States do have the authority to compel home care workers to be represented by a particular union, a federal judge recently ruled, in a case related to a landmark 2014 Supreme Court decision over union payments.
That earlier case concerned child care and personal assistant home care workers in Illinois, who argued that they should not have to pay dues and fees to public employee unions if they did not want to join or support the union. The Supreme Court ruled in their favor in June 2014.
However, a separate question remained: whether it is legal for a state, in this case Illinois, can designate a particular union as the “exclusive representative” of a particular group of workers, making it the only recognized lobbying and bargaining organization for those workers.
In Illinois, a branch of SEIU Healthcare has been designated as the sole representative for home caregivers. Plaintiffs, including child care workers and home caregivers for people with disabilities, having been arguing that this arrangement limits their Constitutional rights for freedom of association.
Under current federal law, even if some workers do not wish to associate with the designated union, the Illinois-SEIU arrangement is acceptable, ruled Judge Manish Shah of the U.S. District Court for the Northern District of Illinois. Shah last Thursday issued his decision and dismissed the lawsuit, Hill v. SEIU.
The U.S. Supreme Court may opt to revise the precedent set in a case known as D’agostina V. Baker, in which the court ruled that “exclusive bargaining representation by a democratically selected union does not, without more, violate the right of free association on the part of dissenting non-union members of the bargaining unit,” Shah noted in his decision.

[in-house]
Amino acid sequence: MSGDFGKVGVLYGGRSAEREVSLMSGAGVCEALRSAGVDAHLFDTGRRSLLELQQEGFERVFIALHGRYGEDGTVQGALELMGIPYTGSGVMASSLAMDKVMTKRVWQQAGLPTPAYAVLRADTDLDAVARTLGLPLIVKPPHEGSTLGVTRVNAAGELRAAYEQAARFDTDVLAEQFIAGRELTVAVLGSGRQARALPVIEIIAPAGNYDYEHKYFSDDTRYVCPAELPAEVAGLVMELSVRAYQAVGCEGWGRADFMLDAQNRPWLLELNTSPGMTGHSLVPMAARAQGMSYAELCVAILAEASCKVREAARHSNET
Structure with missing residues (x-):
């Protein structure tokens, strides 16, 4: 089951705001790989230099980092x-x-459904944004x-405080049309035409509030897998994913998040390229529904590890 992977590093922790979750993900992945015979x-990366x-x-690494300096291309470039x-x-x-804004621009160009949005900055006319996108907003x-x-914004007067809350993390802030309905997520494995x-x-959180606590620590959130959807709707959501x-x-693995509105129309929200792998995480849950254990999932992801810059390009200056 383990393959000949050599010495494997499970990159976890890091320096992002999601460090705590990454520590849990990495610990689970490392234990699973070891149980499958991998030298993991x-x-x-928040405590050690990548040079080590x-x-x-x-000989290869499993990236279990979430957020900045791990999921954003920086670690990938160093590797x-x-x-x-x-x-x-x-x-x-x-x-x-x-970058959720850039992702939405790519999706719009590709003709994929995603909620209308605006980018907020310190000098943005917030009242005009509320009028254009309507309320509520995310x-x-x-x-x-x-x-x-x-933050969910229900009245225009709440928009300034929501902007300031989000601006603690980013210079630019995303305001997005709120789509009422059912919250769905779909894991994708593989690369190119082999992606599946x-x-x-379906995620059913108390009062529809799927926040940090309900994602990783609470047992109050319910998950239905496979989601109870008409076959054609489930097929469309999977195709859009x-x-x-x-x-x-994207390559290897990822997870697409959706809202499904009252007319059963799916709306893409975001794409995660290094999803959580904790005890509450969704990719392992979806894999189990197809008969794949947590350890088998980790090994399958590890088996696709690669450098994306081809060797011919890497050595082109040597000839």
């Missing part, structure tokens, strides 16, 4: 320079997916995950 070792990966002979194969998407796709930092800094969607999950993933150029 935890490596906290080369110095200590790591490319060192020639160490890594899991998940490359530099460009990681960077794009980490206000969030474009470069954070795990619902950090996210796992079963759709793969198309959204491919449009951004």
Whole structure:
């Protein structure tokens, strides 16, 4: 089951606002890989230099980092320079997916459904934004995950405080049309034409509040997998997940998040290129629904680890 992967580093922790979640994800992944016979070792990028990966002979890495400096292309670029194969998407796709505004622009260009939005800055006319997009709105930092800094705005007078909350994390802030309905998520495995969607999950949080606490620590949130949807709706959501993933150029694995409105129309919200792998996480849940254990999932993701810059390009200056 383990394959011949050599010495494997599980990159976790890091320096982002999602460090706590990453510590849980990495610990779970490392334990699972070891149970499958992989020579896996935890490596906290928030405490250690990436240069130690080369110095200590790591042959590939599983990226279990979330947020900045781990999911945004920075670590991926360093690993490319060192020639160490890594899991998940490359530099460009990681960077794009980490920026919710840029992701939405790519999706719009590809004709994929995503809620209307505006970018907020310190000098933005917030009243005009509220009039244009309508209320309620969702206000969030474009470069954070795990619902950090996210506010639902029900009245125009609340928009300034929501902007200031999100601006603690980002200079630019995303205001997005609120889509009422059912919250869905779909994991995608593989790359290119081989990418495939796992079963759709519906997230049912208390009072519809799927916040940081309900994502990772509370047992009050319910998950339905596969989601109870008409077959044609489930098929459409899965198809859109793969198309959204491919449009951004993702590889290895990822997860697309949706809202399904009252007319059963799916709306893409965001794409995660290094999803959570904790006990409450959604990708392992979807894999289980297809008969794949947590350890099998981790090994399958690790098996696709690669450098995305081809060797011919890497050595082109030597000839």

And Supreme Court consideration remains a possibility, as Hill v. SEIU indeed will enter the appellate system, according to the Liberty Justice Center, one of the organizations representing the plaintiffs.
“We are disappointed that SEIU will continue to speak for childcare providers and personal assistants who want nothing to do with that group,” LJC said in a prepared statement. “The First Amendment protects the right not to associate with an organization against your will, so the state shouldn’t be allowed to force the women who brought this case, who aren’t even government employees, to associate with a government union. So now we’ll ask the Seventh Circuit Court of Appeals to protect their rights.”
Part of the impetus for Hill v. SEIU is that caregivers who opted out of paying union dues following the 2014 Supreme Court decision have been under pressure to join the SEIU, according to court documents. This has included union representatives holding “mandatory training sessions” involving pitches about joining.
The workers in question are those who do receive government subsidies but aren’t classified as state employees. They include personal assistants, who receive payment from the Medicaid program to provide in-home care to disabled people. Often, these caregivers and the people they care for are related.
Written by Tim Mullaney